''I know a lot of people used to think that we'd just sit up in Solidarity House [UAW headquarters], look out at the Detroit River, and dream up what people thought were peculiar demands - SUBs [supplementary unemployment benefits ] and all the other things. . . . But they were designed to meet the problems of our constituency.

''In many ways [our] objectives are the same as they were in 1937 during the sit-down strikes,'' he says. ''The two principal issues were dignity and security.''

Dignity, back then, meant eliminating the abuse from company foremen. Security meant that workers were laid off by seniority rather than at the whim of the foreman.

''Now we're saying you get a greater measure of dignity by democratizing the workplace, by giving workers a greater voice in their own future,'' Fraser says. And security means finding a way to protect auto workers ''from the agony that they suffered in 1979 (to) 1982.''

He jangles a set of keys idly as he talks about this period - perhaps the greatest challenge for this man who emigrated with his family from depressed Scotland when he was 6 and lived through the depression and the UAW's founding.

In 1979, Fraser negotiated a contract with Chrysler that staved off bankruptcy, but for the first time gave Chrysler workers less than their counterparts at General Motors and Ford. By 1982, all three automakers were in trouble, and Ford and GM were asking to renegotiate contracts early. After a series of reversals and stalemates, Fraser came back to the rank and file with outright concessions that would be ''passed through'' to car buyers.

''For the first time in our history, we came away from the bargaining table with less than when we went there,'' Fraser recalls. But ''I have no regrets, even with the benefit of hindsight.''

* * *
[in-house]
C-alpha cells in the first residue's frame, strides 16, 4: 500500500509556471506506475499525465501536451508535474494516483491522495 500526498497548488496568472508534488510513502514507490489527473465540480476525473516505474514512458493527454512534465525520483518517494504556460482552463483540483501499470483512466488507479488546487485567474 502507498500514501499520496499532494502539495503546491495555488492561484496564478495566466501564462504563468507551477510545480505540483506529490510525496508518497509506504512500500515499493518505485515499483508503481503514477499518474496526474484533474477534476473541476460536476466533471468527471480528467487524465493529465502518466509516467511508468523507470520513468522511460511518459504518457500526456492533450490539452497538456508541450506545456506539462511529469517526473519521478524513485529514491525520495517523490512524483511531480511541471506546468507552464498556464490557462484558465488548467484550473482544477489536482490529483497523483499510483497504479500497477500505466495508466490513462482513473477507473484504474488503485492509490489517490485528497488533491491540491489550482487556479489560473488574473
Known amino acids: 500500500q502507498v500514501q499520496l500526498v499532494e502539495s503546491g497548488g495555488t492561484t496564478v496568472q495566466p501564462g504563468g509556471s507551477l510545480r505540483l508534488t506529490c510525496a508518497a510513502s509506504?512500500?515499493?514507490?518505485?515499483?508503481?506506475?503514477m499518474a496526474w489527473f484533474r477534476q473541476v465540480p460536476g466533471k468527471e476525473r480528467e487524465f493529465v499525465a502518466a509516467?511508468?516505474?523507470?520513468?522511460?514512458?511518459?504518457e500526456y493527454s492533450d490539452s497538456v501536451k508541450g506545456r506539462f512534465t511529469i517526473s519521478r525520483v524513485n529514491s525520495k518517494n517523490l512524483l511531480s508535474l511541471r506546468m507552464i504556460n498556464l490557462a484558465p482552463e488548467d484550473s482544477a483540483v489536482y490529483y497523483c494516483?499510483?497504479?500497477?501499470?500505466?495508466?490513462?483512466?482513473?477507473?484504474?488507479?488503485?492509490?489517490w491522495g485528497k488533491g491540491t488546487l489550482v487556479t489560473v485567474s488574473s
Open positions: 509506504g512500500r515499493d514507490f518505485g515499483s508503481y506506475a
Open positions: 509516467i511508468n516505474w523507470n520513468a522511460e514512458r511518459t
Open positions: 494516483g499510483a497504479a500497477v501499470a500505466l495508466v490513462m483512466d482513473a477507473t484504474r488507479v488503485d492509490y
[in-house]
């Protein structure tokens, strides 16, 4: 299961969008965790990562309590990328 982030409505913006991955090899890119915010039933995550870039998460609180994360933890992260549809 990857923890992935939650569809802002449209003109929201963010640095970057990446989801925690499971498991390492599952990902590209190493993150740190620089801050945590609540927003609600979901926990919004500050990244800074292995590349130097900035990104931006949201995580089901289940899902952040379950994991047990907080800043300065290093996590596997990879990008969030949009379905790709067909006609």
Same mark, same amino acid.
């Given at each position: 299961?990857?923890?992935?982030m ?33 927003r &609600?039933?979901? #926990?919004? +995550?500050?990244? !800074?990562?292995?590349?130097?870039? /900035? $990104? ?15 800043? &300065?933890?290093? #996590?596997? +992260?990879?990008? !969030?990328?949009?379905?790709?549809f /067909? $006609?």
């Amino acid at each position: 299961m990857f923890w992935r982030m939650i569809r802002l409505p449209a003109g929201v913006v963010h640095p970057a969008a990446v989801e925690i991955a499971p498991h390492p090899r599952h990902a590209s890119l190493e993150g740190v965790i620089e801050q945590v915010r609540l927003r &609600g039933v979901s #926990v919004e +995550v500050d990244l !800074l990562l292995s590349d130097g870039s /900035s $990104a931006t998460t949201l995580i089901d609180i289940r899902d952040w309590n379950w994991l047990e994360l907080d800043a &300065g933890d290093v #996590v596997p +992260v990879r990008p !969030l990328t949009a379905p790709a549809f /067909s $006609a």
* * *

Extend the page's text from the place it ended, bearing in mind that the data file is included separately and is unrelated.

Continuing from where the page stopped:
The UAW had for years made concessions to small auto-parts shops when they were in trouble. ''The principle was no different than what we did in those shops, those little shops, in the '50s and what we did in 1982 with Ford and General Motors. . . . That was what the economic realities were.''

And the alternative - doing nothing - would have been worse, he says. ''It would have been easier for me. I could have ridden out the rest of my term, and I wouldn't have had to go through this pain.'' But Ford and GM would have been in a position to demand, rather than ask for, concessions when the contract expired that September.

Now, however, ''the era of concessions is over,'' he says. ''There's no argument about that. Roger Smith [chairman of GM] says that they will not be seeking any concessions in 1984, because the economic facts won't justify it.''

Even Chrysler is nearing the point where continued worker concessions may be an unfair subsidy at the expense of Ford and GM, he says.

Fraser is noticing more labor-management cooperation - from the shop floor to the board room. His own experience on the Chrysler board has taught him that automobile companies are probably more open than he had thought, he says, and his fellow board members are seeing a whole new perspective.

''Being laid off not only means that you've lost your ability to provide for your family in a material sense, it's a loss of dignity,'' Fraser says. ''The depression had a [great] impact on us - everlasting. . . . In 1938, I was laid off for 11 consecutive months. And that was such a searing experience that I can remember it as though it was yesterday.

''I remember when I got called back to work, all you could hear - and it's never changed: 'There's rumors that there's going to be another layoff.' I can remember how shattering that was,'' he says. ''You never forget those things.

''Sure, I'm a bit of a dreamer. [But] you have to know what's doable and achievable. The important thing is laying a foundation based on principles. And even if the foundation is a very small foundation, as long as it's sound, you can build on it.''